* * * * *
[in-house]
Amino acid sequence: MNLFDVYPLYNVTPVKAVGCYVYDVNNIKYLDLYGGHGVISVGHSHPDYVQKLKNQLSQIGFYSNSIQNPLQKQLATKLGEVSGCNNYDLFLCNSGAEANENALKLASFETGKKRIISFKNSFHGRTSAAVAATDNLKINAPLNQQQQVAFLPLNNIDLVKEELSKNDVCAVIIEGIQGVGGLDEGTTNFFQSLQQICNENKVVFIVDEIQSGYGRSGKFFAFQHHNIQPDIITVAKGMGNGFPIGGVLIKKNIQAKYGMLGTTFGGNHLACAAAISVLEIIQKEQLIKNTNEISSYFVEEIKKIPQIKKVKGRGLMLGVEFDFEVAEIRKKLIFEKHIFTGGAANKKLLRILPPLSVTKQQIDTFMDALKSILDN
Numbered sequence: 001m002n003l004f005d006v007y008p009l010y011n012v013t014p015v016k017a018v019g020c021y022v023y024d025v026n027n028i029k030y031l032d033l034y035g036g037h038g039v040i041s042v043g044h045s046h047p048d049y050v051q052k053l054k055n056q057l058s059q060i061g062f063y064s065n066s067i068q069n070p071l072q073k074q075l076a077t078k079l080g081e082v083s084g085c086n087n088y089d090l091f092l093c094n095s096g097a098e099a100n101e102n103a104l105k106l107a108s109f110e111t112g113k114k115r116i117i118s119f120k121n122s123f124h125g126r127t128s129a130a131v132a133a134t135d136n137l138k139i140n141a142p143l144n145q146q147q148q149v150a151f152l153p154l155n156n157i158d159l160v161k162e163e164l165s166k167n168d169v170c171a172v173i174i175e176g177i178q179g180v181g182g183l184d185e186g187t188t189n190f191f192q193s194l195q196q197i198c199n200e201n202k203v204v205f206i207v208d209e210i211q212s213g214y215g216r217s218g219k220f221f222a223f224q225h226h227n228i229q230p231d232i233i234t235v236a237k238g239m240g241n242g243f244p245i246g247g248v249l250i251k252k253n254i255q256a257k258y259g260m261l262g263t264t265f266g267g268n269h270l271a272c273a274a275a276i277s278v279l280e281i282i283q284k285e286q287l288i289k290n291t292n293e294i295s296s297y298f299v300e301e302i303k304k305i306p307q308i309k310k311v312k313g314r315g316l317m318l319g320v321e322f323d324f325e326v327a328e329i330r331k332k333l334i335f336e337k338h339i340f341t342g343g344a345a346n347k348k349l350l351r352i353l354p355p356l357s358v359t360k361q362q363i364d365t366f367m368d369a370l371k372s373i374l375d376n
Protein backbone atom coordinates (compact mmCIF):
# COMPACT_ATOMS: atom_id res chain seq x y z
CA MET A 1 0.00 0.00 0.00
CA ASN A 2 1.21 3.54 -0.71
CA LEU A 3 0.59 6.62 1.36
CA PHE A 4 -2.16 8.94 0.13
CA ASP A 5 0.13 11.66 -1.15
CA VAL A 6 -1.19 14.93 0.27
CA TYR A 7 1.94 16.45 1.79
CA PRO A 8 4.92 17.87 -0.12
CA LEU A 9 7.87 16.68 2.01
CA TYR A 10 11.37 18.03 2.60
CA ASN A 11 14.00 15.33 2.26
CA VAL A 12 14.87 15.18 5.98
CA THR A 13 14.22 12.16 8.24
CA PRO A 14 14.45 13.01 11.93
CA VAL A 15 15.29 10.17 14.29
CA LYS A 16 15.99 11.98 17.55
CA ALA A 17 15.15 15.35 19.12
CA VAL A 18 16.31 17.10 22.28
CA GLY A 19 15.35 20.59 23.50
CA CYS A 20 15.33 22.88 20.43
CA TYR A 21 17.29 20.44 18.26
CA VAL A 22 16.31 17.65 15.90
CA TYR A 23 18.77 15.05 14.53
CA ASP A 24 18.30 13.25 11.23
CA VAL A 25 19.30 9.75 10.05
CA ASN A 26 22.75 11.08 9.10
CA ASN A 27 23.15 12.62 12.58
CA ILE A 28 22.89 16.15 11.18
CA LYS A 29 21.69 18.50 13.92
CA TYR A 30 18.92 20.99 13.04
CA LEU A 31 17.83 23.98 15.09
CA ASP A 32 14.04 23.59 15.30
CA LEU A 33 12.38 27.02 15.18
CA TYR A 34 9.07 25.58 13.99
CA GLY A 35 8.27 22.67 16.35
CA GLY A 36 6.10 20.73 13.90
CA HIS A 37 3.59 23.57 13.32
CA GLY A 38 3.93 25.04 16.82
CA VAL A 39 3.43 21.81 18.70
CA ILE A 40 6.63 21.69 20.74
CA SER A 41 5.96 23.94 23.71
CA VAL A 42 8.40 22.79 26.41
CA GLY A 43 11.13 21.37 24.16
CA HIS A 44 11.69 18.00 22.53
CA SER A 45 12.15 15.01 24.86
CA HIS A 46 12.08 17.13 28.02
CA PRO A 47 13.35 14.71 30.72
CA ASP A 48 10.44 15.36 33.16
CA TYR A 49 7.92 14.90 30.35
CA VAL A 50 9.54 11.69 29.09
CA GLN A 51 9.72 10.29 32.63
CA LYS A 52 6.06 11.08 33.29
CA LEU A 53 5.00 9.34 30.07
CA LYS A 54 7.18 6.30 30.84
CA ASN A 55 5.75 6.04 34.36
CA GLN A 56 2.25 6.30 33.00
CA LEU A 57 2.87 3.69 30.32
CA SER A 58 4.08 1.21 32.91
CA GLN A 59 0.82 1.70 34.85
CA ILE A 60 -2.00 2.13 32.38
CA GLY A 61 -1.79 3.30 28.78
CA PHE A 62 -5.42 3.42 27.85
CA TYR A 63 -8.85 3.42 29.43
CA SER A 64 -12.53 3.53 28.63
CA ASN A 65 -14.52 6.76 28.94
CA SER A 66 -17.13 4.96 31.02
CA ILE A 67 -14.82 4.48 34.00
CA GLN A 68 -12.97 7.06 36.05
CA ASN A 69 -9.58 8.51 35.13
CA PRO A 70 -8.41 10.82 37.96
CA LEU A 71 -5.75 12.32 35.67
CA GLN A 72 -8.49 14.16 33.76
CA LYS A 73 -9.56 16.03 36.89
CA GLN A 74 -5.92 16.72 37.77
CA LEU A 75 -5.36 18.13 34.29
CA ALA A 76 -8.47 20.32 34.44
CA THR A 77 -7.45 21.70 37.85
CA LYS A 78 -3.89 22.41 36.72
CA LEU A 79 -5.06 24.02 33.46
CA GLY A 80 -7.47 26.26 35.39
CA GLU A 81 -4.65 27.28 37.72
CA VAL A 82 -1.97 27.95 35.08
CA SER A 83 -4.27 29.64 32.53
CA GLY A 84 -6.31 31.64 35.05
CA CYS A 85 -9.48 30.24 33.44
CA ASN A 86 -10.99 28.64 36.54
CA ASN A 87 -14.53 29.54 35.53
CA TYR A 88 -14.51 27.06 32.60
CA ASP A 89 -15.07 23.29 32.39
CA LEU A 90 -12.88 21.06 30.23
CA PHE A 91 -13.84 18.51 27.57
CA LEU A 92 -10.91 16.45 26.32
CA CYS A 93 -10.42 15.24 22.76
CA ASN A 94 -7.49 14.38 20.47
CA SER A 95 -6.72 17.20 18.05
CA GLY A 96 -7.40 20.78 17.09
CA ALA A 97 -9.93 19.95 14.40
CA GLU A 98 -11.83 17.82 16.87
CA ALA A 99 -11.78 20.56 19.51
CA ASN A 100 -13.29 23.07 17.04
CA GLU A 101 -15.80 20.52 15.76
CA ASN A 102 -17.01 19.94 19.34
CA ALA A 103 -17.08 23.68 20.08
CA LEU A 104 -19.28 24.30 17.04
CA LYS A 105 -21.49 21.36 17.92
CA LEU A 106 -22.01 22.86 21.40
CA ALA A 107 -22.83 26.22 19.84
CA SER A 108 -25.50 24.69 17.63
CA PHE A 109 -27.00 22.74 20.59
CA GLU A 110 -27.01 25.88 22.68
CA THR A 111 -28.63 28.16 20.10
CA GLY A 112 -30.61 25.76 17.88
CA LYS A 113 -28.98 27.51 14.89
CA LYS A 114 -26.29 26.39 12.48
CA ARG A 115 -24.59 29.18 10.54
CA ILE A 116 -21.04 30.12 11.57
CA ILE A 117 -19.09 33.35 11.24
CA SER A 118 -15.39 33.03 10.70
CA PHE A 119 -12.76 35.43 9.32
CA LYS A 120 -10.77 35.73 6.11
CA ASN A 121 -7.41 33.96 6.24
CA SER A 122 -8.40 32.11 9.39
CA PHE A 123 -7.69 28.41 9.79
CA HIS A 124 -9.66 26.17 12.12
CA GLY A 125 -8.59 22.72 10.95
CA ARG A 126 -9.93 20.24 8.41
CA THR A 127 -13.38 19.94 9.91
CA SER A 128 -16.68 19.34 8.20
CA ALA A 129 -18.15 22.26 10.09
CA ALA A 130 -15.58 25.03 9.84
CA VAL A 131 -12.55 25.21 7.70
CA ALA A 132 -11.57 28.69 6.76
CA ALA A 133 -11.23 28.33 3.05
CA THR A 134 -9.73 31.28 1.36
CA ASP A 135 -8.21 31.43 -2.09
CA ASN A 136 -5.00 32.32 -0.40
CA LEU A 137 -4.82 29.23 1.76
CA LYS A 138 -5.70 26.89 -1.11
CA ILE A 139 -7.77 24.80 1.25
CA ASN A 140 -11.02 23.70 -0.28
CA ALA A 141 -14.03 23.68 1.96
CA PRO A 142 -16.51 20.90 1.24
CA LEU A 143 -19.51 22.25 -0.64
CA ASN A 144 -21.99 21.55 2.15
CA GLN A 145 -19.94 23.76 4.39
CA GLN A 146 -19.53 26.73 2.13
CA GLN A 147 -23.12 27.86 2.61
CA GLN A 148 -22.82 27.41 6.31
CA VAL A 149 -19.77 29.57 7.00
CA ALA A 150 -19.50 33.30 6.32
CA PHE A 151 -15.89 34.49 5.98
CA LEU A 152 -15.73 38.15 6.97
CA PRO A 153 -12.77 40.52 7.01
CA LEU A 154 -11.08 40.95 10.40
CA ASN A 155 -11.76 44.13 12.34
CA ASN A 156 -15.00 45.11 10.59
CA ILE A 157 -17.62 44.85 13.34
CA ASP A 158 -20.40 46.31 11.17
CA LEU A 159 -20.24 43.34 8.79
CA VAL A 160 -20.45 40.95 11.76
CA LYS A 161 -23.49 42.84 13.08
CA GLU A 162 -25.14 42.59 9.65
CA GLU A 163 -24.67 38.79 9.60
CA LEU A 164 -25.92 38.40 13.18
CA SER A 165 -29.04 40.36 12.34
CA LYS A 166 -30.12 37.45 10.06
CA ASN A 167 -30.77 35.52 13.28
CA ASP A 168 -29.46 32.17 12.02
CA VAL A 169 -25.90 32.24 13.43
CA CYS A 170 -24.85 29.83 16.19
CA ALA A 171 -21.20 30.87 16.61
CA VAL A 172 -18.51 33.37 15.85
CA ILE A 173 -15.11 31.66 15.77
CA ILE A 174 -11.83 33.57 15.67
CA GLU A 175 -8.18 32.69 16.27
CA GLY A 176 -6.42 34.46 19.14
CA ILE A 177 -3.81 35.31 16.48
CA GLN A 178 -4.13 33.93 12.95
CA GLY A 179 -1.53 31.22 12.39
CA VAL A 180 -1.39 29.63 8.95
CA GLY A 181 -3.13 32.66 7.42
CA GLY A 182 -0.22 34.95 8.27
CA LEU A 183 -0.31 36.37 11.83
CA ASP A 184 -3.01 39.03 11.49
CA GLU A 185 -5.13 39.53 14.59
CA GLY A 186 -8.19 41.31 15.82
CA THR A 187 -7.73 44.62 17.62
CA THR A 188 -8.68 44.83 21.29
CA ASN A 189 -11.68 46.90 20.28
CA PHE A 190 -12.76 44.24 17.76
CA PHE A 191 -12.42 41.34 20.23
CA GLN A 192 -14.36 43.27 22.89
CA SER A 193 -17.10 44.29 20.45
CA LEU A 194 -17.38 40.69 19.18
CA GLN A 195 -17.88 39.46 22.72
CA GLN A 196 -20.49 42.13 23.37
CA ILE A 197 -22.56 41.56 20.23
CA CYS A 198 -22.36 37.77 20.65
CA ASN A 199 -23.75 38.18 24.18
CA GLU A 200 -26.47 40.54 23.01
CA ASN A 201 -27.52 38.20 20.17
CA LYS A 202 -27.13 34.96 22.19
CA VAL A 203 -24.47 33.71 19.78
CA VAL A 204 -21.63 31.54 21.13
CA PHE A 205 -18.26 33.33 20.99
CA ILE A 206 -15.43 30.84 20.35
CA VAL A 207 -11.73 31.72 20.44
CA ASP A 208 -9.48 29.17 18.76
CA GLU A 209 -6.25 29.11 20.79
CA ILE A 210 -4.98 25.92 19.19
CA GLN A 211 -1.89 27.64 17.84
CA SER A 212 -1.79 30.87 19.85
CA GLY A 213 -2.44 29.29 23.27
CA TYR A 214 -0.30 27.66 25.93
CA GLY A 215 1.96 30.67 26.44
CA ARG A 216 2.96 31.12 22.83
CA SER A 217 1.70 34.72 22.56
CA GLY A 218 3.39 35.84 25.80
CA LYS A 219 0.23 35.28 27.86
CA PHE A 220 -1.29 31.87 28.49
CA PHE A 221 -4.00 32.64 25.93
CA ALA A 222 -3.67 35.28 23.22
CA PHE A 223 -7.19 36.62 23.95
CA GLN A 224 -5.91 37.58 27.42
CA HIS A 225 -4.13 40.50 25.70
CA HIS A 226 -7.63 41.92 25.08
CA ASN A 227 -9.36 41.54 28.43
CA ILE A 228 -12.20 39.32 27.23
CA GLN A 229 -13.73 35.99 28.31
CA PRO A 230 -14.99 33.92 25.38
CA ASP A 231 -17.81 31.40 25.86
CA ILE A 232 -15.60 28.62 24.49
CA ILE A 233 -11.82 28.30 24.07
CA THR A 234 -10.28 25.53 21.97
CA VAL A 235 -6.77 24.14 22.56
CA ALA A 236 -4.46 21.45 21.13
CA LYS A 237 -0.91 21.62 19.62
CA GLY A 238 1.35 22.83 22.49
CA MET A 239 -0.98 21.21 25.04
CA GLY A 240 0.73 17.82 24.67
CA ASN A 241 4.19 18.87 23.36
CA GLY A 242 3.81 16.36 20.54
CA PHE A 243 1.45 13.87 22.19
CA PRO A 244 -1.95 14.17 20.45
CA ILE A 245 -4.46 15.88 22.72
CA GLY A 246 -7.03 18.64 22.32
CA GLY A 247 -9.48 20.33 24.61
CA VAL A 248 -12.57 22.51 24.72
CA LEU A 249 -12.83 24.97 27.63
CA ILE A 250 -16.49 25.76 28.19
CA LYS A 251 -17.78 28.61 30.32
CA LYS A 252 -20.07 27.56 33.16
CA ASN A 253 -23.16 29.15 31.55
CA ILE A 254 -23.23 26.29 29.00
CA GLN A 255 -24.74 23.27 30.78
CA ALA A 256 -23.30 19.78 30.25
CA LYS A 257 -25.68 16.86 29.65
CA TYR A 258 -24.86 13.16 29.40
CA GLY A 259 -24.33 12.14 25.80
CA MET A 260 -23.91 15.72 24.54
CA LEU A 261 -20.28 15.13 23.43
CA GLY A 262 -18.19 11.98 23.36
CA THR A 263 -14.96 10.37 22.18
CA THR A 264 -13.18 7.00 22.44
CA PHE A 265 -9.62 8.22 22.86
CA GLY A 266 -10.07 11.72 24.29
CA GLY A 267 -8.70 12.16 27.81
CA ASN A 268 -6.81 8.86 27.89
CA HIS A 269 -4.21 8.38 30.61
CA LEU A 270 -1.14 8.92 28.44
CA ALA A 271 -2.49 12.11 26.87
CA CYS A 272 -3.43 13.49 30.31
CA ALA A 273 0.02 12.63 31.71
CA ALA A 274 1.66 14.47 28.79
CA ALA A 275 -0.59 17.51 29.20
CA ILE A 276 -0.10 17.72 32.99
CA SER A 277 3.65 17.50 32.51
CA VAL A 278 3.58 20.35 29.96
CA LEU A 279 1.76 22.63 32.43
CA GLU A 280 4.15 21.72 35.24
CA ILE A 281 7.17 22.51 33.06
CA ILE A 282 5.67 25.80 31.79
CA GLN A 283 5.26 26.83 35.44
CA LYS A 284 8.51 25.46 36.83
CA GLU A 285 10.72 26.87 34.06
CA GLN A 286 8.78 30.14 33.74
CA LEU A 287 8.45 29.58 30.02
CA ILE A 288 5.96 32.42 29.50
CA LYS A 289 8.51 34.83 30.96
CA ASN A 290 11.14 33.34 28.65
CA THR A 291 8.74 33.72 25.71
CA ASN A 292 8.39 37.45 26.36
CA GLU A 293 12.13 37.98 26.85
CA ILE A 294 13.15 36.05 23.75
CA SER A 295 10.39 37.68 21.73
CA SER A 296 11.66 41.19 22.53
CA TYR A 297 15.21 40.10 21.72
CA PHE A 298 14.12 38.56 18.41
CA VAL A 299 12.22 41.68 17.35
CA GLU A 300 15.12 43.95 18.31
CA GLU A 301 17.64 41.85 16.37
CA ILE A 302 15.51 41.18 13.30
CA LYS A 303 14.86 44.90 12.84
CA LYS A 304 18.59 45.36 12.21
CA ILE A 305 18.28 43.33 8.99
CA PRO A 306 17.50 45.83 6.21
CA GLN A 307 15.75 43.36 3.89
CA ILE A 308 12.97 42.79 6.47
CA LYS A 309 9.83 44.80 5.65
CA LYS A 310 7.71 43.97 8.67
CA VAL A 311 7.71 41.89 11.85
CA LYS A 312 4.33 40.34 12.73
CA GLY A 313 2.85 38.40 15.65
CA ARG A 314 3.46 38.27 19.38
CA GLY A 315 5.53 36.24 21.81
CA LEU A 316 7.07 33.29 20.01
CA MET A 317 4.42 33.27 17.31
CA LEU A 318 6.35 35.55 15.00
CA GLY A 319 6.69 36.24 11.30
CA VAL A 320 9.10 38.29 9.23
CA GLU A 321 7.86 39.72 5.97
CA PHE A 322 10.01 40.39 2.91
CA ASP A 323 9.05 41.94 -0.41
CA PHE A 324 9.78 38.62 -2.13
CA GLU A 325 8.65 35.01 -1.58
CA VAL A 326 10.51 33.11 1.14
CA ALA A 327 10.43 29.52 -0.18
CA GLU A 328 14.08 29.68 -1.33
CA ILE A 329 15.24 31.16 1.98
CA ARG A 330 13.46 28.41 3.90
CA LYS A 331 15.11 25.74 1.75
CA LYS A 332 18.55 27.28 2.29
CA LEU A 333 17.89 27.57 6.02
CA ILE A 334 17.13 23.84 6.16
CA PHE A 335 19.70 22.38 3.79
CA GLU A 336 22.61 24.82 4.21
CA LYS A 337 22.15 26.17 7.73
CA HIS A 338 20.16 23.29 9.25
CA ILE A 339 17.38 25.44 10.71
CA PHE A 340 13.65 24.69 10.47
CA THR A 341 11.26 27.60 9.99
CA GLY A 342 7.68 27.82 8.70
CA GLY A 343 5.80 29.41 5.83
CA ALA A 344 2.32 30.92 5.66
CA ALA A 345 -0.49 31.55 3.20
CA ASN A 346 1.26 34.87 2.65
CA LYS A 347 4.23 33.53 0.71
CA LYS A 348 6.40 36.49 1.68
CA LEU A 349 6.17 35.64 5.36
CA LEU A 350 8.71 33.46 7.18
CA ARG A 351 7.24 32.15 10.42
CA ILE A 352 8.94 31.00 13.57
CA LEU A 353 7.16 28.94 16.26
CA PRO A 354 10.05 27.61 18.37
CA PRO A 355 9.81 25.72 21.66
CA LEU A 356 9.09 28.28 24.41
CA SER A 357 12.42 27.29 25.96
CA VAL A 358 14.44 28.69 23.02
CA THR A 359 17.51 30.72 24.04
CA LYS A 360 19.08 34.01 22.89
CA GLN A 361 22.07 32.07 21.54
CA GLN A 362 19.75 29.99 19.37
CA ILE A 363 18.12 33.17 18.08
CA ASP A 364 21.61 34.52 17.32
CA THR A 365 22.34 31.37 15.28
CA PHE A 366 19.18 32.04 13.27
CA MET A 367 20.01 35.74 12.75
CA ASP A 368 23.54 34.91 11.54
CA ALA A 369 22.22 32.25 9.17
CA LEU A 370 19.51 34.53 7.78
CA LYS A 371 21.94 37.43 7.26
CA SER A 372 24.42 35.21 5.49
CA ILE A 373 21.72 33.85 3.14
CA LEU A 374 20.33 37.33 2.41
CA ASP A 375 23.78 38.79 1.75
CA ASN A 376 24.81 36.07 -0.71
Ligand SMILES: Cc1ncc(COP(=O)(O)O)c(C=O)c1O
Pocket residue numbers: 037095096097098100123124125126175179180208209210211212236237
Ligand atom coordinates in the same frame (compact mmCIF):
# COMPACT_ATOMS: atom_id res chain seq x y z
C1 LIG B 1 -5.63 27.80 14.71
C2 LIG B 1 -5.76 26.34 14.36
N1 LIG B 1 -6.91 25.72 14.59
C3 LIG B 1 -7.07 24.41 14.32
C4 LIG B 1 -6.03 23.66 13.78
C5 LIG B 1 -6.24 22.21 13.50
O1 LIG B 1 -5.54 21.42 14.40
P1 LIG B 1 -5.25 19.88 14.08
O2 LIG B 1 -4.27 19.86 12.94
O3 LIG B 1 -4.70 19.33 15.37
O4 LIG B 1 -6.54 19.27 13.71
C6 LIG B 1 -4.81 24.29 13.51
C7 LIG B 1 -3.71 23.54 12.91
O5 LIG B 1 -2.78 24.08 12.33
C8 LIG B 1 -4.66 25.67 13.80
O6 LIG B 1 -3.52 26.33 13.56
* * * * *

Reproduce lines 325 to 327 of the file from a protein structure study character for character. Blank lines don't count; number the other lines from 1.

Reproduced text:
CA VAL A 320 9.10 38.29 9.23
CA GLU A 321 7.86 39.72 5.97
CA PHE A 322 10.01 40.39 2.91